Despite having grown up in Southern California, my command of the Spanish language is pitiful. I try. My Mexican friends laugh at me. Then I try again. Given the fact that so many of my fellow Southern Californians speak Spanish exclusively, I really have no excuse. Nevertheless, where I should be Indiana Jones, I’m more like Marcus Brody.

As a result, I’m always on the lookout for a good translating application. You can imagine my surprise when I recently discovered that my new favorite translation app doesn’t come from Google but instead Microsoft. The new Microsoft Translator for iOS is aces.

It is easy to use. You can input text via keyboard or dictation. Then the app speaks the text out oud in the language of your choice or prints it across the screen. They even have a nifty Apple watch application that I’ve used to communicate with Spanish speakers and it works. It’s a free application and if you spend any time trying to communicate in other languages, this can make a huge difference for you. I’m liking this new Microsoft.

Force Touch on the iPhone

I have not said much about a force touch for iPhone. However, recent news leaks make it seem inevitable. It looks very much like the next iPhone will have a force touch screen. I enjoyed this 9 to 5 Mac coverage about force touch on the iPhone a few days ago. All of this got me thinking about exactly how big a deal force touch will be on the iPhone.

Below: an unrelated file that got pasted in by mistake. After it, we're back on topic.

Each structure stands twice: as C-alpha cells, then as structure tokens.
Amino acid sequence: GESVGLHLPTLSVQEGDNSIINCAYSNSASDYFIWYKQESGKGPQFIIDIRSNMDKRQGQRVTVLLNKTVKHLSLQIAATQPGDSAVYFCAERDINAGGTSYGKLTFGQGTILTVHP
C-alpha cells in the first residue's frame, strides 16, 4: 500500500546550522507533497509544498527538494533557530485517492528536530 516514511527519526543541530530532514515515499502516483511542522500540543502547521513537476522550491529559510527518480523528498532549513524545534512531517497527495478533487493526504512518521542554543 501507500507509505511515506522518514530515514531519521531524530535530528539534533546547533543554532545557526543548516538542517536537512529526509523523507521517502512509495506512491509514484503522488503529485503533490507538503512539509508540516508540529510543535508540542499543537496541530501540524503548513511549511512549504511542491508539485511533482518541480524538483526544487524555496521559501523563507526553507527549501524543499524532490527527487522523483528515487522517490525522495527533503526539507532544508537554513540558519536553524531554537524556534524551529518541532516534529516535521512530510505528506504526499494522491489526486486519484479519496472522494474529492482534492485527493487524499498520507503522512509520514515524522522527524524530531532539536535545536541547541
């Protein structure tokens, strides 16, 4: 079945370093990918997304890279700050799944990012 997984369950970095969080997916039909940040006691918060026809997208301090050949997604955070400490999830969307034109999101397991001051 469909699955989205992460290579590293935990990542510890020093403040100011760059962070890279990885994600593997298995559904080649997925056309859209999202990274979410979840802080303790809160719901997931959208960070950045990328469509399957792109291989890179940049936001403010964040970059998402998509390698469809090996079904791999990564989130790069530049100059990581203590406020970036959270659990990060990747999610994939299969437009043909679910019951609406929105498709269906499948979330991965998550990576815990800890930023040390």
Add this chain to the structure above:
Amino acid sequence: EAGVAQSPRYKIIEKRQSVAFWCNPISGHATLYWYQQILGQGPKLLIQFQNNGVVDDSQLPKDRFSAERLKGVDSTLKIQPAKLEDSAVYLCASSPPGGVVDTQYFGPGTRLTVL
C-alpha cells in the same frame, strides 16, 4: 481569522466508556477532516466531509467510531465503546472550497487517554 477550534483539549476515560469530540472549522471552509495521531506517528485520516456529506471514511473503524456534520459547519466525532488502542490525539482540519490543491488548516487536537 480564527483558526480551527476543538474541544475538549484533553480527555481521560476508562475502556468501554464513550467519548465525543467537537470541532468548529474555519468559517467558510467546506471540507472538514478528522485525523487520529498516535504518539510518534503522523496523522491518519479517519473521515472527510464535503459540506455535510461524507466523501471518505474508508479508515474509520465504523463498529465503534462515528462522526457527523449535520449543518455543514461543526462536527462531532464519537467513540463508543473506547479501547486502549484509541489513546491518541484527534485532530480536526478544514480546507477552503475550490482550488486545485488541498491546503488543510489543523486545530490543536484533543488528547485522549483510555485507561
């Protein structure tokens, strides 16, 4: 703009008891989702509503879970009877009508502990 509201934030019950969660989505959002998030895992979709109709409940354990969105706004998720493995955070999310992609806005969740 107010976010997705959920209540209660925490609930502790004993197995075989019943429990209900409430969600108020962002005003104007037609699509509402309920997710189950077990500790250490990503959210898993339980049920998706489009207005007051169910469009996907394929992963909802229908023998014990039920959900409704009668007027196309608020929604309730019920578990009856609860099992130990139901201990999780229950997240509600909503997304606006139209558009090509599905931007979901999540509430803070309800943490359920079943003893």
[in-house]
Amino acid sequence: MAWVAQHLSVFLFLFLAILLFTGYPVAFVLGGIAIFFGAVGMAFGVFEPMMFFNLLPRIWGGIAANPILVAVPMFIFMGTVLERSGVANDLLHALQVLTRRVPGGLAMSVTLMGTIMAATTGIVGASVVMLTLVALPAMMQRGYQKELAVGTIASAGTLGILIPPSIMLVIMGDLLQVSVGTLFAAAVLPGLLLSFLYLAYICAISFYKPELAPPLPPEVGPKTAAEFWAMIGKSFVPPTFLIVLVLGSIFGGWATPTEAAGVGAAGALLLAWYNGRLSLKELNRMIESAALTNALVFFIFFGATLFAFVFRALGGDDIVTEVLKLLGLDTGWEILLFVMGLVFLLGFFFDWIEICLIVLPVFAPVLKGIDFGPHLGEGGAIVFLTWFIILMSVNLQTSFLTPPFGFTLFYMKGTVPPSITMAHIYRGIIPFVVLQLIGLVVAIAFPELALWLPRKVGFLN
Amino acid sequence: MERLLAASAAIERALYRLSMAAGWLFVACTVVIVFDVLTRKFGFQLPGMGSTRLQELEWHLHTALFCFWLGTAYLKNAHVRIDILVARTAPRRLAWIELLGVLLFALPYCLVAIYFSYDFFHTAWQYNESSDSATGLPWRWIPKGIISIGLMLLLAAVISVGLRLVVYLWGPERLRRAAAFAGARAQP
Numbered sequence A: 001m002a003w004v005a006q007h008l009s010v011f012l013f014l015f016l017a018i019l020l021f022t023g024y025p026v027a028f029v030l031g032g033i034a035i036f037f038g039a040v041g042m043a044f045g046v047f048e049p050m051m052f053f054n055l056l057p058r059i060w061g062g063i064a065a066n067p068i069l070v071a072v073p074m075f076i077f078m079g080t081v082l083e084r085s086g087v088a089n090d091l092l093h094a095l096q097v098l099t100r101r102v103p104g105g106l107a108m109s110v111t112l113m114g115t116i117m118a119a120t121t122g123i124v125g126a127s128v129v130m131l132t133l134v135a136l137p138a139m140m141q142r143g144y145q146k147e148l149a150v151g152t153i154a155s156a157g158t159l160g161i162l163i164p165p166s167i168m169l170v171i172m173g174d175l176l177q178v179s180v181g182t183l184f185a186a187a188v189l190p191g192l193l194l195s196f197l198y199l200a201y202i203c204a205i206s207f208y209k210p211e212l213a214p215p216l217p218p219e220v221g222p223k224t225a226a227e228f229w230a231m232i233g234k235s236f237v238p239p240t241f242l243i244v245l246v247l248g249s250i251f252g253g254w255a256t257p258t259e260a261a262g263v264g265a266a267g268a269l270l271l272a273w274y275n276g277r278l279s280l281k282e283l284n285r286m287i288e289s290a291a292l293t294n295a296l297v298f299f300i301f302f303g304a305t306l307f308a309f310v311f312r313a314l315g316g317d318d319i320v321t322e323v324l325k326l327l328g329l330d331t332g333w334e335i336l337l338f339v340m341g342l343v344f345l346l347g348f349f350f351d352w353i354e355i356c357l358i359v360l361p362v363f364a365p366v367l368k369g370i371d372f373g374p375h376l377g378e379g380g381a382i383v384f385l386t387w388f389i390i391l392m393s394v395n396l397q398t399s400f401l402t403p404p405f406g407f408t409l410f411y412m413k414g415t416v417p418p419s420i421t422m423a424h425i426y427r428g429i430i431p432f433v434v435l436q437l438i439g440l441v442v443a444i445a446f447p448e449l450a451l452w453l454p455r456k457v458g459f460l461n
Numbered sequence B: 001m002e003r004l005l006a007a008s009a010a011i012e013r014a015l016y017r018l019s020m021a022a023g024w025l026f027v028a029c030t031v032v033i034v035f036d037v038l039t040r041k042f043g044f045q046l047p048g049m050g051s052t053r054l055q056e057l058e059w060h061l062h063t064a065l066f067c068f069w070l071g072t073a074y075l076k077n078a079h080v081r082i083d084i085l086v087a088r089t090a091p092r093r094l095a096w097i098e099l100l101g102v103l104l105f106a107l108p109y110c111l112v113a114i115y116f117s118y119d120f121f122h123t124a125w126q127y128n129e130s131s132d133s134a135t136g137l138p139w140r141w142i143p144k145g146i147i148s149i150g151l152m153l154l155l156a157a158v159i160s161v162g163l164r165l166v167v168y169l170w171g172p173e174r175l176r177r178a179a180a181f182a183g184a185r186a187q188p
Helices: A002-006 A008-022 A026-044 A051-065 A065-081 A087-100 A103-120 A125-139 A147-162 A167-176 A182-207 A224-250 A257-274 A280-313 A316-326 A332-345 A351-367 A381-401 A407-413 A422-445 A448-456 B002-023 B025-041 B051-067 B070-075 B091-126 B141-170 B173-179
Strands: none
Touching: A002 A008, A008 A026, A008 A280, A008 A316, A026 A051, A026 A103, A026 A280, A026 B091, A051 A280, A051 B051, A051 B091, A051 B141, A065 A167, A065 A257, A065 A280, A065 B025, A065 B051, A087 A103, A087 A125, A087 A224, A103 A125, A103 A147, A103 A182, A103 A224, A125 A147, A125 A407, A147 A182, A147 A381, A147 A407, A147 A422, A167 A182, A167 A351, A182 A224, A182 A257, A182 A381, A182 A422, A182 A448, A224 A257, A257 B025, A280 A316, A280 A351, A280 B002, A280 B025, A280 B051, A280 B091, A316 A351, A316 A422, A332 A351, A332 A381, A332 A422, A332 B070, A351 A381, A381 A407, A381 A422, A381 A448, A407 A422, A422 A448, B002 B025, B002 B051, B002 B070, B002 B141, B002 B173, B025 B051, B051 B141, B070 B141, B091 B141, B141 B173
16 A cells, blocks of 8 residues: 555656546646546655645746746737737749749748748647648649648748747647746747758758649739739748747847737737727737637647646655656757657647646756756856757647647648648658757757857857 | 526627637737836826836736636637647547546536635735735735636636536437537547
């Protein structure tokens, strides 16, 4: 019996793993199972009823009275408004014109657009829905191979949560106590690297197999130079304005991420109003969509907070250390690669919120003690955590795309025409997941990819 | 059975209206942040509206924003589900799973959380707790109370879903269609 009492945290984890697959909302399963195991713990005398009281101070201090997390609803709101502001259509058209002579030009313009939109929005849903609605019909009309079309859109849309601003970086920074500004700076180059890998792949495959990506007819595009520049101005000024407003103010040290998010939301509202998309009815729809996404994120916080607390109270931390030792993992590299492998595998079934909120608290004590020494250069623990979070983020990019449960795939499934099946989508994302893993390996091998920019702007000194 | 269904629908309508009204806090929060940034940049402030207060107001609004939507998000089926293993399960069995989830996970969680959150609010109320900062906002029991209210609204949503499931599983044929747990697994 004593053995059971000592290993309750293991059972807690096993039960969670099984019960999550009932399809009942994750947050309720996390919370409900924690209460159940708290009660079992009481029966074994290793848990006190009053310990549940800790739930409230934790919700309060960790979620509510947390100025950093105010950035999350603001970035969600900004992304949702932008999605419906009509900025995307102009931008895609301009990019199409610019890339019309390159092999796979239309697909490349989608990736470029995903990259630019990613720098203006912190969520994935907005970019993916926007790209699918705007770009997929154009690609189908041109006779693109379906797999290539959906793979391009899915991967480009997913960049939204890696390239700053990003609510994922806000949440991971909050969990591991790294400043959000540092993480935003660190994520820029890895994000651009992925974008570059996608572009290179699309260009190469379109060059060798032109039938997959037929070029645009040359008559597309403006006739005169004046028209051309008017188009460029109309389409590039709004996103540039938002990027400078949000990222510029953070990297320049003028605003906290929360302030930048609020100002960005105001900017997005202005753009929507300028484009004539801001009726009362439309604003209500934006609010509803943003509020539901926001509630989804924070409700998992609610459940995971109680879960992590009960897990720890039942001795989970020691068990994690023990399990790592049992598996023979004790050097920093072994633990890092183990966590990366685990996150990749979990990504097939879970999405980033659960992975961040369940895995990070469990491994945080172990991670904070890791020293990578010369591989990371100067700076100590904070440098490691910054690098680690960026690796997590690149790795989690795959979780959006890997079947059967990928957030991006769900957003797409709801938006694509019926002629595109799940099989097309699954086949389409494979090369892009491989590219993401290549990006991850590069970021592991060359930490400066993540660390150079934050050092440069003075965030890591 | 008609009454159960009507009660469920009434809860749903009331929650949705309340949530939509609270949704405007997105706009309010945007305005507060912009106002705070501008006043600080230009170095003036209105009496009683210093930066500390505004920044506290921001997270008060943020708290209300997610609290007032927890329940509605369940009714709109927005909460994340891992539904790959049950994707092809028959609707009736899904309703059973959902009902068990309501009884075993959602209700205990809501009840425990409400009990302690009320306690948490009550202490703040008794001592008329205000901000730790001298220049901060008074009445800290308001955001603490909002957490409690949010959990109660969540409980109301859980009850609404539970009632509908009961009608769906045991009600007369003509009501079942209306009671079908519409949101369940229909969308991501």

At the beginning, at least, I expect it won’t be much of a deal at all. The feature will only be available on the newest iPhones so developers will know a majority of their users won’t even have force touch. Moreover, by its very nature, force touch feels like a feature for power users are much more than for everyday users. I even see this with my wife and her Apple Watch. Rarely does she think of using a force touch the screen when she’s trying to figure out how to make a feature work.

I think it will be the same on the iPhone, only more so. People are used to seeing icons that are tied to functions in their applications. Force touch features are hidden behind a hard press on the screen and a lot of people will never think about force touching when looking for a missing feature. I think application developers that start burying key features behind force touch will do so at their own peril.